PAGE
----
#Prevent decoding oddities from causing alerts on the GSM frames.
config disable_decode_alerts

#Define the port to monitor for GSMTAP traffic in IP. Default is 4729.
var GSM_PORT 4729

#Suspicious transmissions - IMSI Catcher
alert udp any any -> any $GSM_PORT ( msg: "IMEI request in cleartext - Possible IMSI-catcher!"; content:"|03200d051802|"; offset:16; depth:06; sid:9900001; rev:1; priority:2)

#Suspicious transmissions - IMSI Catcher
alert udp any any -> any $GSM_PORT ( msg: "IMEI sent in cleartext - Possible IMSI-catcher!"; content: "|0559083a|"; offset:19; depth:4; sid:9900002; rev:1; priority:2)

#Suspicious transmissions - IMSI Catcher? Unencrypted network?
#TODO: Fix this - too many false positives due to fragmented data
#alert udp any any -> any $GSM_PORT ( msg: "SMS transmission in cleartext - security failure"; content:"|0d00|"; offset:0; content:"|01|"; distance:2; within:1; sid:9900003; rev:1; priority:3; tag:session,6,packets;)

#Low-priority, normal traffic - SMS
#alert udp any any -> any $GSM_PORT ( msg: "SMS request"; content:"|0524|"; offset:19; depth:2; byte_test:1,!&,8,0,relative; byte_test:1,&,4,0,relative; byte_test:1,!&,2,0,relative; byte_test:1,!&,1,0,relative; sid:9900004; rev:1; priority:4;)

#Location service request - Handset tracking?
alert udp any any -> any $GSM_PORT ( msg: "Location services request"; content:"|0524|"; offset:19; depth:2; byte_test:1,&,8,0,relative; byte_test:1,!&,4,0,relative; byte_test:1,&,2,0,relative; byte_test:1,&,1,0,relative; sid:9900005; rev:1; priority:3;)

#Low-priority, normal traffic - IMSI paging
#alert udp any any -> any $GSM_PORT ( msg: "IMSI paging"; content:"|0621|"; offset:17; depth:2; content:"|08|"; distance:1; within:1; sid:9900007; rev:1; priority:4;)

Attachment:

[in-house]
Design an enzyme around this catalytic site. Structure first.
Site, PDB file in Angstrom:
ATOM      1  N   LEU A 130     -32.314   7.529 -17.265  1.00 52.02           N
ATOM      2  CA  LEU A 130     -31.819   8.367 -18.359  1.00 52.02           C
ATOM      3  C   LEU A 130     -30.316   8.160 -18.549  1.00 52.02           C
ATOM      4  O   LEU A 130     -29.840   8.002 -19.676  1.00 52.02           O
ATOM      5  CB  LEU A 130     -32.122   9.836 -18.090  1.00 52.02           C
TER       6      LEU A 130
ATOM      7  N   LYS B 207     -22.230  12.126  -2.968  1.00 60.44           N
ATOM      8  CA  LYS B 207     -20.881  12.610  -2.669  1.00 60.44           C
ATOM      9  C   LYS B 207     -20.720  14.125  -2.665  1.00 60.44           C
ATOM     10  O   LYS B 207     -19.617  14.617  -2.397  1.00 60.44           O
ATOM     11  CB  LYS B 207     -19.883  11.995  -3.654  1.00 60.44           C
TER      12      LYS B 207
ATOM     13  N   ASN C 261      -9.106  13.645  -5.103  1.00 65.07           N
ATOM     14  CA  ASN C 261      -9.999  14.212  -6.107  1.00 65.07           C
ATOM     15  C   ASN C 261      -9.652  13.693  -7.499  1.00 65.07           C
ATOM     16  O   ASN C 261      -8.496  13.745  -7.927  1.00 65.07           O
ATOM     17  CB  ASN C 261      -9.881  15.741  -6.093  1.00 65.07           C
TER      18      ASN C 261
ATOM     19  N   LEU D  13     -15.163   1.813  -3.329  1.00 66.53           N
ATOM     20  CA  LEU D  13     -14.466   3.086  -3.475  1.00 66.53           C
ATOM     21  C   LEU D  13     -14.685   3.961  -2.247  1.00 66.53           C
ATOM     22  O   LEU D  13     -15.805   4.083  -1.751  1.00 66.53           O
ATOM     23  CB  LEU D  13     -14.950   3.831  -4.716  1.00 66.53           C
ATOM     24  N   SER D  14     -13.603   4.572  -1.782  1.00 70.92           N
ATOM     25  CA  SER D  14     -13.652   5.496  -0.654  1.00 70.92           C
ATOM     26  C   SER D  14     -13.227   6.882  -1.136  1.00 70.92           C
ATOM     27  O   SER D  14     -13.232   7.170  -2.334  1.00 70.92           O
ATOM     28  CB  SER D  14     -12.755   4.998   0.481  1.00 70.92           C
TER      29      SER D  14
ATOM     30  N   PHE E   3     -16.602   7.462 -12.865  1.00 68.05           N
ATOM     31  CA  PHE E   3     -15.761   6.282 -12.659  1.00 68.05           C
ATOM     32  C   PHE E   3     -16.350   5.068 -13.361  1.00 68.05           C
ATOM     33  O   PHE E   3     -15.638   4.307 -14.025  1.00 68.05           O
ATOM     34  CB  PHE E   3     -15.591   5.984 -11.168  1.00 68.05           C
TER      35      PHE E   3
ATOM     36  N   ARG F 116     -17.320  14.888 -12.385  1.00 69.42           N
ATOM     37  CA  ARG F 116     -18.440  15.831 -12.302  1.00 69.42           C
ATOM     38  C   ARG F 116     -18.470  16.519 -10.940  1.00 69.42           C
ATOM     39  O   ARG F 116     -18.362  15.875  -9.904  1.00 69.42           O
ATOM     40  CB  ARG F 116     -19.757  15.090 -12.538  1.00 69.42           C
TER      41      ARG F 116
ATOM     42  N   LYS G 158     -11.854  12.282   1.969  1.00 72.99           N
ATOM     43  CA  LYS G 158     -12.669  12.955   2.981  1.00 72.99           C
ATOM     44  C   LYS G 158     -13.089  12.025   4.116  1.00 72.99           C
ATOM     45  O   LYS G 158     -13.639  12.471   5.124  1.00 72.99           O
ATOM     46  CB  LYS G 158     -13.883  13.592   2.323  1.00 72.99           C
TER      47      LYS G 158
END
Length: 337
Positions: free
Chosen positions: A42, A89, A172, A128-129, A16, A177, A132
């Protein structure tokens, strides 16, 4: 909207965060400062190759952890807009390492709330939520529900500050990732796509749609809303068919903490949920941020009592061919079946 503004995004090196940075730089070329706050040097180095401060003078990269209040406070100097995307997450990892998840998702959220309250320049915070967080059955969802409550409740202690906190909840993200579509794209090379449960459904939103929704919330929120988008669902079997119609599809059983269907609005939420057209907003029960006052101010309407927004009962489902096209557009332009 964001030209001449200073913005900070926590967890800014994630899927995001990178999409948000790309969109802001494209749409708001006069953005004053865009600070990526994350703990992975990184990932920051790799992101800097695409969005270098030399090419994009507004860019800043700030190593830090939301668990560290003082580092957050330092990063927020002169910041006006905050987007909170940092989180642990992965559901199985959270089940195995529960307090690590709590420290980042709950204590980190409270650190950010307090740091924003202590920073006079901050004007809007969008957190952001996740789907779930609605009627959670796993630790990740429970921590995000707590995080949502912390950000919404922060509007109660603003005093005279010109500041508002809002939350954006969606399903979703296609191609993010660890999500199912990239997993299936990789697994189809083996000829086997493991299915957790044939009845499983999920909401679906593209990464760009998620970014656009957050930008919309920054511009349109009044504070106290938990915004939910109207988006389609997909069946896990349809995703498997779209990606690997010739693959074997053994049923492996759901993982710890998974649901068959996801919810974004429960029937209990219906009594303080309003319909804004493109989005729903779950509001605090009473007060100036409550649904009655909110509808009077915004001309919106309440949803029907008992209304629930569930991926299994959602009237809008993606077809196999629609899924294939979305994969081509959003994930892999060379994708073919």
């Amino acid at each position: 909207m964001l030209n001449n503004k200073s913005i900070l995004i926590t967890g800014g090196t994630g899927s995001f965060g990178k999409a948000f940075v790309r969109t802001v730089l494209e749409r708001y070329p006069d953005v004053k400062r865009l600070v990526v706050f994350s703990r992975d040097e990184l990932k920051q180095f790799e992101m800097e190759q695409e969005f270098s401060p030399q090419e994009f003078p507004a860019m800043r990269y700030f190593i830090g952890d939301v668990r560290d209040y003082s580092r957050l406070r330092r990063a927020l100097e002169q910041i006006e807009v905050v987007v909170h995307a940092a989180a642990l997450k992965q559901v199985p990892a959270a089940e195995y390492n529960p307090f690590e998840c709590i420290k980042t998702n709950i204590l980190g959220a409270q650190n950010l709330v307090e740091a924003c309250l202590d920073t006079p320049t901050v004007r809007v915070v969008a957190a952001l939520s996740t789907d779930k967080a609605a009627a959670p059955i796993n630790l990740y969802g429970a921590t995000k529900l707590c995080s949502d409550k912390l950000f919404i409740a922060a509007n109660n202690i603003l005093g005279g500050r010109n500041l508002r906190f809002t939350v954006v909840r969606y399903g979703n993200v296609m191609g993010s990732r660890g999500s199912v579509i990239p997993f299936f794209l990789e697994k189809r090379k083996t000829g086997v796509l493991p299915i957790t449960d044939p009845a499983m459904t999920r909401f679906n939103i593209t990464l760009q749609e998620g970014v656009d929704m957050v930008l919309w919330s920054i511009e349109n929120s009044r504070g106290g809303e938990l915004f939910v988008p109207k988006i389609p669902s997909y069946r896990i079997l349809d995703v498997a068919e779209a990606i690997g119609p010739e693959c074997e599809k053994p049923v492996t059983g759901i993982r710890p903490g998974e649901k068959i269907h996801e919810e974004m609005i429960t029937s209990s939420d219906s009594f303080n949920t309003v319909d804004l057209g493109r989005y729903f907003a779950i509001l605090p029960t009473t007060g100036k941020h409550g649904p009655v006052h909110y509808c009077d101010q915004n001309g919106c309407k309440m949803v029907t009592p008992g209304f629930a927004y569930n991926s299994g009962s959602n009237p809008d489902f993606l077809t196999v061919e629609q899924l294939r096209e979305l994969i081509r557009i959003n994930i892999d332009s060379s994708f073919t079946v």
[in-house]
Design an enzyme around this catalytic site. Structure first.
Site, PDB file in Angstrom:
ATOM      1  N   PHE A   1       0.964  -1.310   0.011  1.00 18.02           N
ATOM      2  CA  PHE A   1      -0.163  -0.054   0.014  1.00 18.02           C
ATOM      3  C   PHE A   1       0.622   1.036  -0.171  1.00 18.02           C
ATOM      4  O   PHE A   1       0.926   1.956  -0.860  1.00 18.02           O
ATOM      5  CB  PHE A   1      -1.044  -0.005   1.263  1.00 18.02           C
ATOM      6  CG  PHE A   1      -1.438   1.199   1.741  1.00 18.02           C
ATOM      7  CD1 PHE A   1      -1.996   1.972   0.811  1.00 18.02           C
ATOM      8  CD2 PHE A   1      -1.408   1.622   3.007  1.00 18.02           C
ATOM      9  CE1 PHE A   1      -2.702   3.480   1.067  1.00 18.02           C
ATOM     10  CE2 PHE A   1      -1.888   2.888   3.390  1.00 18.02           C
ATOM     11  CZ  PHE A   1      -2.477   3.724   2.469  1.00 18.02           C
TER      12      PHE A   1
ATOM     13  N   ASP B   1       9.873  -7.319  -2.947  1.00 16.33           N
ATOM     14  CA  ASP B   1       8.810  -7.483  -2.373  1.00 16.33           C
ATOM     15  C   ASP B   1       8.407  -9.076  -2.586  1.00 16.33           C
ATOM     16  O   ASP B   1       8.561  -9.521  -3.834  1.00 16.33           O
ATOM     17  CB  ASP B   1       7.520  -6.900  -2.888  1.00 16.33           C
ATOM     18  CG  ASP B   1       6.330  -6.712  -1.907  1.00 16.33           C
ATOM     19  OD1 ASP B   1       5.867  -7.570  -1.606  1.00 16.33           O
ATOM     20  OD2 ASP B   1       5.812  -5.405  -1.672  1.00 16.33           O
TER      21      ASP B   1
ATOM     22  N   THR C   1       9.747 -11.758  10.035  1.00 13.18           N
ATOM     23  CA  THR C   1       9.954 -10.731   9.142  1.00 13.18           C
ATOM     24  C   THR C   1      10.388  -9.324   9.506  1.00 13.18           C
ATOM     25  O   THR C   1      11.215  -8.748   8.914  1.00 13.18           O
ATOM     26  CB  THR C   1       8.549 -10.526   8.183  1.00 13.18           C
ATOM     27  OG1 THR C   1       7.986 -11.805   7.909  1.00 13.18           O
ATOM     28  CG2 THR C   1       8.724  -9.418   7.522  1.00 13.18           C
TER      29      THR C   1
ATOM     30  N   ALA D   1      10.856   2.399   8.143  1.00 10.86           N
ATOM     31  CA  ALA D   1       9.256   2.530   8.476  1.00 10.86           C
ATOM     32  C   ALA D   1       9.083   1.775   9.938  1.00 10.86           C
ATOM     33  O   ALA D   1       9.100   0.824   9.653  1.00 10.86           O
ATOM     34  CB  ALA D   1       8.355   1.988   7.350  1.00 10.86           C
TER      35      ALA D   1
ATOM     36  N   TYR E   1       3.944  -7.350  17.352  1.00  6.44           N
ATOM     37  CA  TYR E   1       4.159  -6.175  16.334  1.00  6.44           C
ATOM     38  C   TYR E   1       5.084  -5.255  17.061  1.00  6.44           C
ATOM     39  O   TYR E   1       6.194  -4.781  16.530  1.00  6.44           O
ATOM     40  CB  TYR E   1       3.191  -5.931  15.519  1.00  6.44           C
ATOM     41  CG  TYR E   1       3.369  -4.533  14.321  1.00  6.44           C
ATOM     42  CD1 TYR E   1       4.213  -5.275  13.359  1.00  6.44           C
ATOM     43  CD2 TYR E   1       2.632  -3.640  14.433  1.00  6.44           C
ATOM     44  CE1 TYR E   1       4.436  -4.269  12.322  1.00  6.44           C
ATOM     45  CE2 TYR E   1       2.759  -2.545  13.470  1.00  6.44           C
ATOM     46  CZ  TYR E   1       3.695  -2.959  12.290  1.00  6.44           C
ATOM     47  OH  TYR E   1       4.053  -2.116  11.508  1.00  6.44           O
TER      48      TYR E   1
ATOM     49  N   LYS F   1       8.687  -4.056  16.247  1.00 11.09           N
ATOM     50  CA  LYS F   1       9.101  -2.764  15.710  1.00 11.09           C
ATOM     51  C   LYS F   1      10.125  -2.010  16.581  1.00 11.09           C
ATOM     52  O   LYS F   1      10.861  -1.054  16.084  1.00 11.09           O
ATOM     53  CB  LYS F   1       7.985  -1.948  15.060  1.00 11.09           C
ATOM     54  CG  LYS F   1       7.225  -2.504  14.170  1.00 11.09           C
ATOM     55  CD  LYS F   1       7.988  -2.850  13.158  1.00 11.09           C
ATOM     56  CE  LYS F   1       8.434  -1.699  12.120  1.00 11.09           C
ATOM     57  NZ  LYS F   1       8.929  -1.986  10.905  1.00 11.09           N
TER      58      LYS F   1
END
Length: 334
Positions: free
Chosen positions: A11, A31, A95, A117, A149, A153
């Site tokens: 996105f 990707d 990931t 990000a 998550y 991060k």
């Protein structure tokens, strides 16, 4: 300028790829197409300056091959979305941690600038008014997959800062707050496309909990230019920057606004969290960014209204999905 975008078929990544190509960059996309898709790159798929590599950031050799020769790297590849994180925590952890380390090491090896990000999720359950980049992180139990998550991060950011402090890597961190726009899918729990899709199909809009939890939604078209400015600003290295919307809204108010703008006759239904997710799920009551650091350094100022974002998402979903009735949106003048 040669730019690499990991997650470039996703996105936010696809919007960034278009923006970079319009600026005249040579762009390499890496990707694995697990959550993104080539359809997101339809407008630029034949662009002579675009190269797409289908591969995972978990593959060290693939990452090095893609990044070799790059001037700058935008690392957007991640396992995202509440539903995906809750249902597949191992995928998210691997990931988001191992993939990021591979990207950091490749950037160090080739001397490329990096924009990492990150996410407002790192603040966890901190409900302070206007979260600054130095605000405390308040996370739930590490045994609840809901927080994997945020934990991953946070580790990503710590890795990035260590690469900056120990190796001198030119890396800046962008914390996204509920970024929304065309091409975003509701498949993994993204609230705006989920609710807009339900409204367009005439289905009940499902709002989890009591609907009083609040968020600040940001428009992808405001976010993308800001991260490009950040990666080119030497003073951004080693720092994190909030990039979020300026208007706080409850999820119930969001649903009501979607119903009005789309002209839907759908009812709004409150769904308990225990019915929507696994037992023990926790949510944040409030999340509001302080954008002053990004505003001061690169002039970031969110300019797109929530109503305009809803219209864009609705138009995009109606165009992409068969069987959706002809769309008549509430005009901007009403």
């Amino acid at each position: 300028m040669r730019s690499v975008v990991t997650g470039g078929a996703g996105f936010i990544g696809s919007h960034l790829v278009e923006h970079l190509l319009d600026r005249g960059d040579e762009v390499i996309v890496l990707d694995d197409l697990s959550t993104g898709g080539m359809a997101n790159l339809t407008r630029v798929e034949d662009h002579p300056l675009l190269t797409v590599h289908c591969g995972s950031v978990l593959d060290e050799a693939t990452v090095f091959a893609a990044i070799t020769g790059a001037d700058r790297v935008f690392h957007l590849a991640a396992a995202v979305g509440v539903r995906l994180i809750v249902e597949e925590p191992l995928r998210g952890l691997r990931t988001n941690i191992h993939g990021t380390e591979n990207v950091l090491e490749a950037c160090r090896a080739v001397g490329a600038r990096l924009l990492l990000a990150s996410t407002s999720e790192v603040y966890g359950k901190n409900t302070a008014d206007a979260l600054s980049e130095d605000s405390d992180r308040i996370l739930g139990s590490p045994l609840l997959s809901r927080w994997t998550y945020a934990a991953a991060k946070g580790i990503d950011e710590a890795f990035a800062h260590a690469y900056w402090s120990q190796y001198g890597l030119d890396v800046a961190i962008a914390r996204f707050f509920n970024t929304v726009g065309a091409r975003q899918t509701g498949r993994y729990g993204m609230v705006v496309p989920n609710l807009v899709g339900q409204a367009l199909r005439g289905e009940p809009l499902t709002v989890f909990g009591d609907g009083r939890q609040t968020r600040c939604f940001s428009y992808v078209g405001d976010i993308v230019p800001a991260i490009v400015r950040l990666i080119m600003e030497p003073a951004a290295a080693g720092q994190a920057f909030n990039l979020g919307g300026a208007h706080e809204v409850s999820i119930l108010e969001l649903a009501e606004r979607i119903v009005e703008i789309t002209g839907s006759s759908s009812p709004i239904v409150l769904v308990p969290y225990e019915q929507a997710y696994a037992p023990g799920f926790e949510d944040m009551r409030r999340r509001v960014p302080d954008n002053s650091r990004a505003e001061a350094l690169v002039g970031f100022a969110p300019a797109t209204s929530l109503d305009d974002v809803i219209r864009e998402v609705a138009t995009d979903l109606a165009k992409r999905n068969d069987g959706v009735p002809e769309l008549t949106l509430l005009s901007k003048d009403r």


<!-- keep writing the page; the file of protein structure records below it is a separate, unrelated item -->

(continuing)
#When IMSI paging becomes common or TMSIs are not used...something is odd
alert udp any any -> any $GSM_PORT ( msg: "Excessive IMSI type 1 paging"; content:"|0621|"; offset:17; depth:2; content:"|08|"; distance:1; within:1; detection_filter:track by_src, count 50, seconds 5; sid:9900008; rev:1; priority:3;)

#These are normal in small quantities. In excess this could indicate an "IMSI-catcher".
#alert udp any any -> any $GSM_PORT ( msg: "Identity request (IMSI) from BTS"; content:"|051801|"; offset:19; depth:3; sid:9900009; rev:1; priority:4;)

#Location update rejection could be used to find strange BTS, but without a specific reason code it's too broad of a rule.
#alert udp any any -> any $GSM_PORT ( msg: "Location update rejection"; content:"|0504|"; offset:19; depth:2; sid:9900010; rev:1; priority:4;)

#Location update request using an *IMEI* as an identity
alert udp any any -> any $GSM_PORT ( msg: "Location update request using IMEI - WTF?"; content:"|0508|"; offset:19; depth:2; content:"|08|"; distance:8; within:1; sid:9900011; rev:1; priority:4;)
#------------------end gsm.rules------------------